Algonquin Indians named the area Mattamuskeet, which means “dry dust.”
Rich soil makes for excellent farming, and in the early 20th century, developers undertook an ambitious endeavor. They began digging miles of canals and built a three-story pumping station to drain the lake. This engineering managed to keep the lake waterless three times during the 1910s and ’20s. But by the 1930s, the scheme was scrubbed. The lake was too resilient and the cost too high to keep it dry. So in 1934, the United States government acquired the lake and turned it into a wildlife refuge.
The pumping station became a world-renowned lodge that attracted hunters until 1974, when bird migratory patterns changed, and the annual Canada goose population nosedived from 20,000 to 6,000. With so few geese, the refuge no longer allowed hunting; the lodge closed to the public, and, over the years, began to crumble.
The lodge was listed on the National Register of Historic Places in 1980, which saved it from demolition. Although the lodge has been closed since 2000, Congress transferred it and more than six acres of adjoining land to the State of North Carolina, after the federal government couldn’t afford the repairs.
With its long, spindly legs, ivory feathers, pointed beak, and graceful neck, the great egret is an emblem of coastal North Carolina’s wetlands. It’s one of the more than 240 bird species — including snow geese, Canada geese, Northern pintails, great blue herons, and several species of ducks — that fill the sky around Lake Mattamuskeet, living here as part-time or permanent residents.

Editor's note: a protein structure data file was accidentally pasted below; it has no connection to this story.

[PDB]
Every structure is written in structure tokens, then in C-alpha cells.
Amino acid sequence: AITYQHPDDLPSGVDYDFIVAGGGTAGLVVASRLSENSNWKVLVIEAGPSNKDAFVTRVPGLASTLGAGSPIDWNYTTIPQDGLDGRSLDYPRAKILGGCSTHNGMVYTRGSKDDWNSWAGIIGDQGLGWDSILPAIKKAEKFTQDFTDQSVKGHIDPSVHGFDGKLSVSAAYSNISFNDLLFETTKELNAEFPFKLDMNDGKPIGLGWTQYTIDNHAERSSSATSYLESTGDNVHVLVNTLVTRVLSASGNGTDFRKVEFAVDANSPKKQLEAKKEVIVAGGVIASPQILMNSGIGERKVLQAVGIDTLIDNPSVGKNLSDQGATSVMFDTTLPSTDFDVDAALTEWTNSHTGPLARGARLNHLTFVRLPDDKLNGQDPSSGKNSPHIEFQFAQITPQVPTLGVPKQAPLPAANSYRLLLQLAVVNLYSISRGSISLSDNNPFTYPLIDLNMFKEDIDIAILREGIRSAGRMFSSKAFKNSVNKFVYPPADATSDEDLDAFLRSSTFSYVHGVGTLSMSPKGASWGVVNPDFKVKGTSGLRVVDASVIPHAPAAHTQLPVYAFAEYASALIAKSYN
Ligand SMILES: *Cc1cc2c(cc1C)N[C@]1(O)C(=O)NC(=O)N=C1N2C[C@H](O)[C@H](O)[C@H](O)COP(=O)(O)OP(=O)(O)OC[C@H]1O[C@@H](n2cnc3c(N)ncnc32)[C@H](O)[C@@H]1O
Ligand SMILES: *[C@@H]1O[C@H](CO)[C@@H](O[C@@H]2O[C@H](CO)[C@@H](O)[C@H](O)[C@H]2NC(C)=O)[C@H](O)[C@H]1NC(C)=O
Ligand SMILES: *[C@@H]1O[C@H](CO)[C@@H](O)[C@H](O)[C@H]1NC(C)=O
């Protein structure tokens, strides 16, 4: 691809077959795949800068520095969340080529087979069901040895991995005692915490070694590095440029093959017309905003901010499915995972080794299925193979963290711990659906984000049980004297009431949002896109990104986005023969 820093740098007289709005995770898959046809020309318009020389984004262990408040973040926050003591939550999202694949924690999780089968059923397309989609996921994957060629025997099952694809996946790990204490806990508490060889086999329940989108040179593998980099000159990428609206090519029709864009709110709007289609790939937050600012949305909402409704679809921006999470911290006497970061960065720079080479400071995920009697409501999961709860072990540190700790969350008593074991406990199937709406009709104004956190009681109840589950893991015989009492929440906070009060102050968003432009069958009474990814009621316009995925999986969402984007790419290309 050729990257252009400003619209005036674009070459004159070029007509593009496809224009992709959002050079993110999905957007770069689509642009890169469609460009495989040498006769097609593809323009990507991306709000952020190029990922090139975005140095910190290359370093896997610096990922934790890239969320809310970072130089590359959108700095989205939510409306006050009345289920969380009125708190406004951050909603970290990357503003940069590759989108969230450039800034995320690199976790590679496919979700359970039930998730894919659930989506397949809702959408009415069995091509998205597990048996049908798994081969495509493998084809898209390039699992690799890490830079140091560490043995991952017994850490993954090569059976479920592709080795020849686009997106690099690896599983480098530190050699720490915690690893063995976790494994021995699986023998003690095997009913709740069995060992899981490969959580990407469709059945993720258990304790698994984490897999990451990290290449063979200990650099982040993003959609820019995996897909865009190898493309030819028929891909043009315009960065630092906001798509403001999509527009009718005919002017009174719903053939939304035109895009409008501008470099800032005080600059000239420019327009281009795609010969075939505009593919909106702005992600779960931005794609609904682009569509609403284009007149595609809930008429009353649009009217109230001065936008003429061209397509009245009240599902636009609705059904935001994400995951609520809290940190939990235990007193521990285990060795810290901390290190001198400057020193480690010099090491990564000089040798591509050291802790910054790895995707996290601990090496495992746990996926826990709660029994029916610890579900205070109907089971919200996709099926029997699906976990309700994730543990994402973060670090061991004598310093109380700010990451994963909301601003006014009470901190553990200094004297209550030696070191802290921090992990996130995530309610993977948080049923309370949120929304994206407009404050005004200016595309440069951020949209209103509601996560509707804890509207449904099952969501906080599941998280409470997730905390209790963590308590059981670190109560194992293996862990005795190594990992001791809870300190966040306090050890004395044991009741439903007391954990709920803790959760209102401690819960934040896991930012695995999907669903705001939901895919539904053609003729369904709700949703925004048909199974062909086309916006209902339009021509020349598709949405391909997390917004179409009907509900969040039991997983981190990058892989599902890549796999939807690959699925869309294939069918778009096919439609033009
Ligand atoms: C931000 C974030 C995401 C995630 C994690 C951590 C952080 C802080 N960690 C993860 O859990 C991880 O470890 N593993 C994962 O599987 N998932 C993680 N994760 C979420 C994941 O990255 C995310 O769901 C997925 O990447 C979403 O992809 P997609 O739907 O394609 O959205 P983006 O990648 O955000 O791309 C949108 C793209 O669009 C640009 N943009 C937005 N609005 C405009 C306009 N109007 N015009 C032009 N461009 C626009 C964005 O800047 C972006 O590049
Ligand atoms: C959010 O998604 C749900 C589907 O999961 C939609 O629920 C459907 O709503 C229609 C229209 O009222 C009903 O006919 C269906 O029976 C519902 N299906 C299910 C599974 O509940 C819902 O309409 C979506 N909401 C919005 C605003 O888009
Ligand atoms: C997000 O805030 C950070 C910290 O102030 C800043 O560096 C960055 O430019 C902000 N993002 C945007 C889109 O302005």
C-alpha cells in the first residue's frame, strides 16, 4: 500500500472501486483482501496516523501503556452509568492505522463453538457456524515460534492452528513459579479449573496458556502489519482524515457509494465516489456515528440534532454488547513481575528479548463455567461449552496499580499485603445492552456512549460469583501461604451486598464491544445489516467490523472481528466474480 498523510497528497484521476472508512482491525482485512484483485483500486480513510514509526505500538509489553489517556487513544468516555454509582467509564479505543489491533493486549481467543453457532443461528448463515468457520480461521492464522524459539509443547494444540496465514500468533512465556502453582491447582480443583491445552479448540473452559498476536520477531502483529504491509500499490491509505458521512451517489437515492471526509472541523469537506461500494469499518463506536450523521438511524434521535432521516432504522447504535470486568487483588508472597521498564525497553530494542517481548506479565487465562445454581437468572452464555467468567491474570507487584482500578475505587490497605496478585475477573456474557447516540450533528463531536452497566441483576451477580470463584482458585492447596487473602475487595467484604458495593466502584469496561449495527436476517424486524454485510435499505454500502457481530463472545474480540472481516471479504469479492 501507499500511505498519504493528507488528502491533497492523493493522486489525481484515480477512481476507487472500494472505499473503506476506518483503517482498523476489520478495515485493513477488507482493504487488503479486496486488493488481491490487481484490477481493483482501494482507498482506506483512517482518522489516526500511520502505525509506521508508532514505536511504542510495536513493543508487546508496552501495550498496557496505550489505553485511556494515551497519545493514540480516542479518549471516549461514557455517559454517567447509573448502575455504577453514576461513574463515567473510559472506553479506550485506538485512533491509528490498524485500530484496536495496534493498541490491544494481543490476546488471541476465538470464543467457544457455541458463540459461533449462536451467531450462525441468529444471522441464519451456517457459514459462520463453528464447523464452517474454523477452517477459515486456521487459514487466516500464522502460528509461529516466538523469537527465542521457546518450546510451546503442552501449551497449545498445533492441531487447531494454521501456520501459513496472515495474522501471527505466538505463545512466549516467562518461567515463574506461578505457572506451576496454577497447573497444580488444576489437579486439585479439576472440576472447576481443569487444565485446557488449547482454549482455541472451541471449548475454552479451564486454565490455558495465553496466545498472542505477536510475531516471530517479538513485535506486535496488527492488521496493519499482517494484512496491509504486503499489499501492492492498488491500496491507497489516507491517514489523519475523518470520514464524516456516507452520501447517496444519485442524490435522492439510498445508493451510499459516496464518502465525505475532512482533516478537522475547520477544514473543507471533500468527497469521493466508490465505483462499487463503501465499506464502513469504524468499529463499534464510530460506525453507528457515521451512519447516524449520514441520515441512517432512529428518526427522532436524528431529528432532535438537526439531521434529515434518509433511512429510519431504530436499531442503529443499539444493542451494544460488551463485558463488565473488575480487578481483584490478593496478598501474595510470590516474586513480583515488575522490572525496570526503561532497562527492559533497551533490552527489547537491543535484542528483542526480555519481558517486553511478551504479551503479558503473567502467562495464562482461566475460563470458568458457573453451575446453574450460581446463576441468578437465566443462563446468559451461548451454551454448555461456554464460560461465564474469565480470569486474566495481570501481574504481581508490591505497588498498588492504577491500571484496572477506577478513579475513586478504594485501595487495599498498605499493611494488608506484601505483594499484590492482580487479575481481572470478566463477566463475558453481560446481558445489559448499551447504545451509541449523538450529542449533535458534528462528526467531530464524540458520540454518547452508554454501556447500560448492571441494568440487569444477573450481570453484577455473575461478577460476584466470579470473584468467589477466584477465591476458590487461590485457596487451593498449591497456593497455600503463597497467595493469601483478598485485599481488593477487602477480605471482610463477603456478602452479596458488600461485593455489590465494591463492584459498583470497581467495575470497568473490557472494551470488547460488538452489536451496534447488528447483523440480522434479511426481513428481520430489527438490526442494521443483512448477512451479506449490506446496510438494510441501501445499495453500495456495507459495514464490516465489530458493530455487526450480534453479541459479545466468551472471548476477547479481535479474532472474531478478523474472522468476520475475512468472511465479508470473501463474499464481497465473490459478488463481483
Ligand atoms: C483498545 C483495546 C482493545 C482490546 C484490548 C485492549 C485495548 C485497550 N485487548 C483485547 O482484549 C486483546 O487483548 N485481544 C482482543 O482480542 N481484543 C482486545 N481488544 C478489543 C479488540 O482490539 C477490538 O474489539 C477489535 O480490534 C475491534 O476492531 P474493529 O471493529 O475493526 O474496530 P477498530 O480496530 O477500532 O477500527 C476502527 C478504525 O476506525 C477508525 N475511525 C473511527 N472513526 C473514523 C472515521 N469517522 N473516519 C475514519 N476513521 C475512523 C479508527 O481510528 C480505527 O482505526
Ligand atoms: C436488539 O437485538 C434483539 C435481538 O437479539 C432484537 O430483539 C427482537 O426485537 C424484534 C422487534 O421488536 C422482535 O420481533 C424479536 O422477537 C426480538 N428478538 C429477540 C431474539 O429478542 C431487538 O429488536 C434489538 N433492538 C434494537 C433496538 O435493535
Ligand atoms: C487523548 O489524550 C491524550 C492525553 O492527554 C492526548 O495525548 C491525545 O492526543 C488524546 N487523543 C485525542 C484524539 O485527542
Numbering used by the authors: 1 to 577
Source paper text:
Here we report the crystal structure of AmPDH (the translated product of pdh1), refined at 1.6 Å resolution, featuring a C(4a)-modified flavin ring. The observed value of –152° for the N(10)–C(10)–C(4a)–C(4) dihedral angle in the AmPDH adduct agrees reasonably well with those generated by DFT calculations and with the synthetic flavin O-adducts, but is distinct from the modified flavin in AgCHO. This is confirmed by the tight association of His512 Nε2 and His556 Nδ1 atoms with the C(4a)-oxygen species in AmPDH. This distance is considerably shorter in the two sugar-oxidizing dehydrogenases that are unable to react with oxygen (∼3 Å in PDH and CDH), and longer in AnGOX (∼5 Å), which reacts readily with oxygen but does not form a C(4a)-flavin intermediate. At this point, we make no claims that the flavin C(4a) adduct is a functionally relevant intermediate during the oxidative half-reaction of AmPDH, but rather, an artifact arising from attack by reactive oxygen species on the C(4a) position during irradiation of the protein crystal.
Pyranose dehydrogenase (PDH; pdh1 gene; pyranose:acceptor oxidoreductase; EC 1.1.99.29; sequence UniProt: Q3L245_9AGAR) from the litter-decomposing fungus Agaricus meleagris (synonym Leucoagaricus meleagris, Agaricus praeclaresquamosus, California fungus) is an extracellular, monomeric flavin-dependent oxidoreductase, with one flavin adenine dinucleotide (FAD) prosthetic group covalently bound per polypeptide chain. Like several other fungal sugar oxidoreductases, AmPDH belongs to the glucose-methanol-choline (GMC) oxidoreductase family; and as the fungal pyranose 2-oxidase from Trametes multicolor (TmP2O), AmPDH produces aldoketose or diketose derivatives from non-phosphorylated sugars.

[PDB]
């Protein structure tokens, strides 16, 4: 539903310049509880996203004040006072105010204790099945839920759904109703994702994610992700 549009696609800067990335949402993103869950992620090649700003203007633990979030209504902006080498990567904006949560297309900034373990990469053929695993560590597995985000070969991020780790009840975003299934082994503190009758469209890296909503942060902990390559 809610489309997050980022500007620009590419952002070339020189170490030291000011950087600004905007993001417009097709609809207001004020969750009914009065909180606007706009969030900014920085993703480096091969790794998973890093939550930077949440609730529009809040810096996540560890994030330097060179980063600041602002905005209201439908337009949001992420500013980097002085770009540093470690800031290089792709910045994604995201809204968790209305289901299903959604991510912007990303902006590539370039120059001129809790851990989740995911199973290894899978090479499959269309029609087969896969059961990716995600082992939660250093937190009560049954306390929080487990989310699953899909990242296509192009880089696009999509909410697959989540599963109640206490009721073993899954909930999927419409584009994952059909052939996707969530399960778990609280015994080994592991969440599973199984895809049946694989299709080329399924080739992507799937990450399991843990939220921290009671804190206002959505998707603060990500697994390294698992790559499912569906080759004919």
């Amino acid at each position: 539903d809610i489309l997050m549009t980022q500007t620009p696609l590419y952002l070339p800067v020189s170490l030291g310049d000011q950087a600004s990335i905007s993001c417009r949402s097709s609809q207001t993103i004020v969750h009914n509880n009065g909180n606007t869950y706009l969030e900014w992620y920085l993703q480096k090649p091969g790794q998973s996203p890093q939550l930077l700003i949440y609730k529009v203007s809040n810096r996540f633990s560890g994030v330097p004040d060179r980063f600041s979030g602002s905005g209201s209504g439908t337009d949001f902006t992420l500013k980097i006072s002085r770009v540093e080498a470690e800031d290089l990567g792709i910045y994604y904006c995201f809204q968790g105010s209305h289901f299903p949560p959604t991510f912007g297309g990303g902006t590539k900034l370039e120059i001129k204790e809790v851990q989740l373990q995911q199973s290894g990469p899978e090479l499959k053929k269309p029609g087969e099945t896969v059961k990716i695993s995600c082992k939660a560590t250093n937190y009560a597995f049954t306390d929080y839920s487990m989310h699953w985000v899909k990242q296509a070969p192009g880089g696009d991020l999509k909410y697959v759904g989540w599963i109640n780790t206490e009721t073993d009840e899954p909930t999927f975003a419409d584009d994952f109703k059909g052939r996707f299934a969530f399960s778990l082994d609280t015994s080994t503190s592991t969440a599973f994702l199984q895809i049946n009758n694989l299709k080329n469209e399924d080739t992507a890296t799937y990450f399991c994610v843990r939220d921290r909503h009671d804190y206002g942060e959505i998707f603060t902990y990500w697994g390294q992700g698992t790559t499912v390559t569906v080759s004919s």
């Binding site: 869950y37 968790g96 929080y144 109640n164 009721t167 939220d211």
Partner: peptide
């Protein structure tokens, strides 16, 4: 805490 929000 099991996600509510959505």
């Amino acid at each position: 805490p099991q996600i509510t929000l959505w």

The most famous of the lake’s birds — the tundra swans — sweep in blizzard-like from November through March. Tens of thousands of swans, their plumage white and their beaks black, fly in from the Arctic to spend their winters at Mattamuskeet.
Yet there is tension between Lake Mattamuskeet’s role as a wildlife refuge and Hyde County’s search for economic opportunities that rely on the lake as a natural resource. In an odd twist, earlier this year, state wildlife officials announced that they wanted to add water — to raise the lake level — to accommodate bass fishing. However, like the drainage experiment 100 years ago, the intervention could disturb the area’s ecology, halting the migration of fish into and out of Lake Mattamuskeet, and drowning plants that birds feed on in shallow water.
Lake Mattamuskeet is still a hunter’s haven. And because hunting, fishing, and tourism are important to the county, there is interest in restoring the Mattamuskeet Lodge. Ten years ago, the state planned to contribute a few million dollars each year to the project until renovations were complete. The North Carolina Division of Cultural Resources selected a team of architects and engineers, led by Raleigh architect Mark Williard, to renovate the lodge. Over the next three years, they gutted the building and made it structurally sound. But the economy tanked, and money for the project dried up. No significant work has been done on the lodge since 2010.
Many preservationists imagine the lodge as a multi-purpose building for special events and retreats. It could house an education center to teach people about the area’s vibrant ecosystem.
The cost of finishing renovations has ebbed and flowed like the tides, and the revenue stream from the state remains murky. But perched here in this wetland wonderland, a sleeping giant awaits the dawn of a new day.